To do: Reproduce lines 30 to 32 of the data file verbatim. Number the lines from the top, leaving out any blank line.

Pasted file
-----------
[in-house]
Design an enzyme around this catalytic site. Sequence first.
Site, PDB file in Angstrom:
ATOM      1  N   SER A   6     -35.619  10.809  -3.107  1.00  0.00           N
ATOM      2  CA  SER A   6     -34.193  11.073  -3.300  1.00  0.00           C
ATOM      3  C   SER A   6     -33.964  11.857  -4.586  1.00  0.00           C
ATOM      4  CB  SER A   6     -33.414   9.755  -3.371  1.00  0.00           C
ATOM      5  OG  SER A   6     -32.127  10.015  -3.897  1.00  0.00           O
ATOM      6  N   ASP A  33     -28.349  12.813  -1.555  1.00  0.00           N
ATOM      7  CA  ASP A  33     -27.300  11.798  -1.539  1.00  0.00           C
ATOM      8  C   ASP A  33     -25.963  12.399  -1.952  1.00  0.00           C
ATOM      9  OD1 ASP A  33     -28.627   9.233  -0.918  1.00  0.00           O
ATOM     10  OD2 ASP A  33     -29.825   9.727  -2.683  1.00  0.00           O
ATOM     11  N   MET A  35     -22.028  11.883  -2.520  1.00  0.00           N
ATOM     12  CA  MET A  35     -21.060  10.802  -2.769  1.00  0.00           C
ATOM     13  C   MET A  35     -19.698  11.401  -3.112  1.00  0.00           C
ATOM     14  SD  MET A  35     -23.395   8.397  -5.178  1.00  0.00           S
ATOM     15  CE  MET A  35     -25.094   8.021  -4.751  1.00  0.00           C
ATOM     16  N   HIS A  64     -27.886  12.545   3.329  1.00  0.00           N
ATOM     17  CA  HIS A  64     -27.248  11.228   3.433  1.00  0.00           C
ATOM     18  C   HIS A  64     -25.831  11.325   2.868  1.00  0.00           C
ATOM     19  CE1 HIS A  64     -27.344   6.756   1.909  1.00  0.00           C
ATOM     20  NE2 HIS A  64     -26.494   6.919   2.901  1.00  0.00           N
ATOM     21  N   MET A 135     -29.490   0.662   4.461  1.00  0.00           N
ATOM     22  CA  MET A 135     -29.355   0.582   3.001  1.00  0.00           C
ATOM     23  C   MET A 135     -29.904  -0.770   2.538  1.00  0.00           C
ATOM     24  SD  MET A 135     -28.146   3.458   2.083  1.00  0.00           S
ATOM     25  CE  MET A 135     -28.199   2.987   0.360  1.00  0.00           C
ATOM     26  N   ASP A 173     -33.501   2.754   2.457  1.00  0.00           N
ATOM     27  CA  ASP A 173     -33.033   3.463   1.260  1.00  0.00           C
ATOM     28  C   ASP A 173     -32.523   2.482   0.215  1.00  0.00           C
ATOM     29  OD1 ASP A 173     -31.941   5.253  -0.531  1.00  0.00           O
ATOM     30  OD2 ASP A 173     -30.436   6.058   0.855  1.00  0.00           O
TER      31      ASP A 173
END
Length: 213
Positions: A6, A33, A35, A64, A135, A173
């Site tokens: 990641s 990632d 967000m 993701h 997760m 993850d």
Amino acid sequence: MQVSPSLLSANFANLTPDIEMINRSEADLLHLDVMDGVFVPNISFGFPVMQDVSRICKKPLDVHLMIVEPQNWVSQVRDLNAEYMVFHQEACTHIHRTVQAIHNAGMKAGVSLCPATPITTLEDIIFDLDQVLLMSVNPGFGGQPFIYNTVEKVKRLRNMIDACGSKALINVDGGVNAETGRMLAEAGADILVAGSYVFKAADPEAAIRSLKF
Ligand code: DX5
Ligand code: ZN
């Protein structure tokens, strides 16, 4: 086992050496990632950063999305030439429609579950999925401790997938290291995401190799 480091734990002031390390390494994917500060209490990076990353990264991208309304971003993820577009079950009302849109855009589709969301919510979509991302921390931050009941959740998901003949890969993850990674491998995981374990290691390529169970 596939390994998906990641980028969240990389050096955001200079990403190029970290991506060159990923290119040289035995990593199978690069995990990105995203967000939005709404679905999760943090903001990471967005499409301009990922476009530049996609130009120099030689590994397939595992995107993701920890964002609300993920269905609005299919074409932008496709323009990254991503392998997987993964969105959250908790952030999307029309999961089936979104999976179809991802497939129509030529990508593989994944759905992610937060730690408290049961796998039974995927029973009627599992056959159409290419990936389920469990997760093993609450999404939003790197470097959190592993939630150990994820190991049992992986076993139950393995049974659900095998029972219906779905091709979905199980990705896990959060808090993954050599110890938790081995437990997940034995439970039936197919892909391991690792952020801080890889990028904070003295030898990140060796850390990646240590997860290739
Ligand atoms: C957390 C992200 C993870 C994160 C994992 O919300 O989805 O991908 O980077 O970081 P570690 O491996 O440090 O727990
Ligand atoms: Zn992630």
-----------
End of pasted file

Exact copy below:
ATOM     27  CA  ASP A 173     -33.033   3.463   1.260  1.00  0.00           C
ATOM     28  C   ASP A 173     -32.523   2.482   0.215  1.00  0.00           C
ATOM     29  OD1 ASP A 173     -31.941   5.253  -0.531  1.00  0.00           O